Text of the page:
Widespread publicly funded, mandatory education has only been around since about the 19th century. Before then, the responsibility of providing schooling to children fell primarily on their families. Upper- and middle-class families tended to hire tutors or send their children to a private school run by a schoolmaster. That didn’t mean the children in lower-class families missed out on learning how to read and write. They often learned this at home, through apprenticeships, or at church-funded schools.
In addition, some poor families scraped together enough money to pay for their children to receive an education. Some even worked out a barter arrangement with teachers where they paid with surplus produce from the family farm. For instance, poor students from farming families in Denmark and Sweden often brought baskets of potatoes or apples to school as payment, among other staples (the potato being used for food, and the apple generally used for making drinks at the time).
In the United States, things changed when various social reforms came about in the 1800s. The reforms addressed issues ranging from food sanitation, treatment of the mentally ill, and even education. Schools became publicly funded and subject to regulations in order to ensure that all students were more or less getting the same educational opportunity.
By 1913, a majority of the states in the United States of America required that schools be paid for by the government. However towns on the sparsely settled western frontier still often bore the responsibility for paying for a teacher in the town. As before, they recruited teachers, and they provided a schoolhouse where classes could be held, a place for the teachers to live, fuel for heating, and often food. In these sorts of arrangements, students were also often tasked with helping the teacher maintain the schoolhouse, such as gathering on Saturdays to give it a thorough cleaning.
That tradition of bringing food to teachers continued even as the United States government took over the responsibility for funding public education in the West. The baskets of food were eventually replaced with smaller amounts as the old “Boarding Round” room and board pay system was replaced by more in the way of a cash salary.
But why do schoolchildren traditionally give apples to their teachers? As mentioned, there are records of students from such places as Denmark and Sweden bringing both apples and potatoes to their teachers, among other things, so why don’t students traditionally give potatoes to teachers? There are two generally accepted answers, one or both of which possibly contributing to this tradition over other food items like the potato.
For the first theory, teachers were often seen as a moral influence into the lives of children. (Indeed, the “Boarding Round” system often insured that teachers toed the line with the community’s moral standards- teach something outside of this, and suddenly see something like your food or heating fuel payment disappear.) Along with this, the “Tree of Knowledge” in the story of Adam and Eve in the Book of Genesis has often been mistakenly referred to as an apple tree. This is partially thanks to Aquila Ponticus, who was a second century translator translating the Old Testament from Hebrew to Greek. He took the liberty of referring to the Tree of Knowledge as an apple tree, even though the original text doesn’t say that. It’s likely that he chose this due to the fact that he was translating it into Greek for Greeks and that in Greek mythology apples were seen as symbols of desire and destruction.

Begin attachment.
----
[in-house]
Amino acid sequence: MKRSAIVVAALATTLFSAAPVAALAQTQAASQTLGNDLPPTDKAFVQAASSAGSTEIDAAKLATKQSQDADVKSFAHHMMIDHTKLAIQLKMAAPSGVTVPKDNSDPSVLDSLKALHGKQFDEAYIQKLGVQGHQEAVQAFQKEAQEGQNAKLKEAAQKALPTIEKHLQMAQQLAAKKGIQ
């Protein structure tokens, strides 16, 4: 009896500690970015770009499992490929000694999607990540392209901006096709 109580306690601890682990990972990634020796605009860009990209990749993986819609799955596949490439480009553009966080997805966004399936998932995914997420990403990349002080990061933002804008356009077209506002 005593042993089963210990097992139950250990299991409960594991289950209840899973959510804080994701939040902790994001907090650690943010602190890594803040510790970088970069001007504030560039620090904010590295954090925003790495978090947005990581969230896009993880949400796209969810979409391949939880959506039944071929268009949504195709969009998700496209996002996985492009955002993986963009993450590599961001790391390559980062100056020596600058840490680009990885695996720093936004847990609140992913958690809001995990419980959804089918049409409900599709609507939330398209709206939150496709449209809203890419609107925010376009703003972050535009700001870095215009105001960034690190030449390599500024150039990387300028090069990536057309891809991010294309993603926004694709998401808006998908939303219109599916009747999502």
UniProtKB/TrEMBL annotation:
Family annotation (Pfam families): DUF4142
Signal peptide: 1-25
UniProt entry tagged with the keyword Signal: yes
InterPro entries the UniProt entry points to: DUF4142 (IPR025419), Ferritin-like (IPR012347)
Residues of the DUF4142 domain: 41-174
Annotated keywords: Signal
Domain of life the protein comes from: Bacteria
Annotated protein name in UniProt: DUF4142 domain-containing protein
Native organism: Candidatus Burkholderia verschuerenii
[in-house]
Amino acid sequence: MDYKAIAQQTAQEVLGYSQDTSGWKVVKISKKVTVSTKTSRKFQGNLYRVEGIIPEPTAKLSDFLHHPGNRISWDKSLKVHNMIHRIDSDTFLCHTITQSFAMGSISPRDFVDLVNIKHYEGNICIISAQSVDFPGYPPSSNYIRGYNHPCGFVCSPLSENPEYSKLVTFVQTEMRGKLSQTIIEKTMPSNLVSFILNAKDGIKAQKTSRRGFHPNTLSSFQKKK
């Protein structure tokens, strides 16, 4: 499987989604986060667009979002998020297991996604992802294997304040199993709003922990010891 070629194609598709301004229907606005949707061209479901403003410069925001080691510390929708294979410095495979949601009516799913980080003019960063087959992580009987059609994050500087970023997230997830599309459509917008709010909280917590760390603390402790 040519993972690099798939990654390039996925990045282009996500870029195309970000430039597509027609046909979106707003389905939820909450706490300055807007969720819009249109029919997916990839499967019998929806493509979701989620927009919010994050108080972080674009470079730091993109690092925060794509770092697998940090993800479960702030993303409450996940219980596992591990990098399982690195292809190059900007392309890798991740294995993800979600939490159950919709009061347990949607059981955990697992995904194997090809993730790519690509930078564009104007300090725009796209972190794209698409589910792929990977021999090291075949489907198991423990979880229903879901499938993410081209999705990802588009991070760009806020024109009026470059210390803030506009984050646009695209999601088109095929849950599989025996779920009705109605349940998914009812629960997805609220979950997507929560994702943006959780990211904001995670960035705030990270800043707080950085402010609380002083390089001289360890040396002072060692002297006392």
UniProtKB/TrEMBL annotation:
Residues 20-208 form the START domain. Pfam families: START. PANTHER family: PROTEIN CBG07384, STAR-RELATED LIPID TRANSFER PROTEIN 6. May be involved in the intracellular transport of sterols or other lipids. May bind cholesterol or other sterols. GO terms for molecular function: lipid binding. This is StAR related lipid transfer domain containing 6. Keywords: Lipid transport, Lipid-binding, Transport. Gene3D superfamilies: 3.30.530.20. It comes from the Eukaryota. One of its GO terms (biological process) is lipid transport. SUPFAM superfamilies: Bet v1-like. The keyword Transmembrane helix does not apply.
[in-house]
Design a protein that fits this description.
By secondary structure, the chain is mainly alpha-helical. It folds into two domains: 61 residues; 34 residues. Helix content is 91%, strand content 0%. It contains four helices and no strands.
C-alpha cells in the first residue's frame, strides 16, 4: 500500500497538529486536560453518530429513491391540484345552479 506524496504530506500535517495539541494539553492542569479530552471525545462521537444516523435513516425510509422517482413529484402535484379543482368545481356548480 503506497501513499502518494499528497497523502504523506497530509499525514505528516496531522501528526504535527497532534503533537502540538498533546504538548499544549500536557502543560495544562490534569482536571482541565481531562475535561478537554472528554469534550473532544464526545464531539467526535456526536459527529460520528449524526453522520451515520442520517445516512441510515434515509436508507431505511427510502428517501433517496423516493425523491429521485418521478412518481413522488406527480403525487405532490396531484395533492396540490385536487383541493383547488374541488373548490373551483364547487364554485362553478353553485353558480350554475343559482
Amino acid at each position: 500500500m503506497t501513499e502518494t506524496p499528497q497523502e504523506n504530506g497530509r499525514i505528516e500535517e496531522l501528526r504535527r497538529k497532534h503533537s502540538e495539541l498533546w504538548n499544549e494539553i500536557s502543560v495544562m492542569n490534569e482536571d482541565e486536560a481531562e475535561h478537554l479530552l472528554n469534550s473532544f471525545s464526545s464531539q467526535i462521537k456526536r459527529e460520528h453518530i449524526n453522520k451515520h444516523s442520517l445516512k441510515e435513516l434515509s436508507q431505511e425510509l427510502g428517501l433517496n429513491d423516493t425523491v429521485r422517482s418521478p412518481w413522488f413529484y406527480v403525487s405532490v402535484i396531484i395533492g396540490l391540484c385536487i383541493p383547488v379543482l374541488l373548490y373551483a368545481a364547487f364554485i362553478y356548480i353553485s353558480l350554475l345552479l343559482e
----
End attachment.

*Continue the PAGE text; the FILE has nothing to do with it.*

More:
Due to the prevalence of this “Tree of Knowledge” / apple tree idea, it wouldn’t be an out of place gift, then, for students to give their teachers an apple, the fruit representative of knowledge.
On to the second popular theory for the continuance of giving apples- apples arrived in North America shortly after the Jamestown Colony was founded in the early 1600s. These apples, unlike the ones found in supermarkets today, tasted bitter, but they could be used to make hard apple cider. Many people, whether rightly or wrongly, considered hard cider a safer beverage than water because widespread sanitation of drinking water did not yet exist. Apple trees also flourished in a variety of climates, contributing to the popularity of the fruit.
The sweeping social reforms that allowed schools and education to become regulated also posed a major problem for apples. The temperance movement that spanned from the mid-19th century to the early 20th century sought to eliminate the drinking of alcohol in the United States. Apple growers scrambled to re-brand the fruit in order to remove themselves from the controversy. Careful cultivation caused the fruit to lose its bitter taste and to become sweeter and sweeter with each new generation of apples.
Marketing campaigns also played a part in the apple’s new image. Phrases like “An apple a day keeps the doctor away” were dusted off and used to brand the apple as a healthy snack. So the theory goes that students and their parents who wanted to get on a teacher’s good side saw apples as a way to give the teacher a healthy, cheap snack, which was also quite versatile, able to be used now for both drink and a sweet treat. Thus, they chose to keep giving this food item, rather than something like the potato.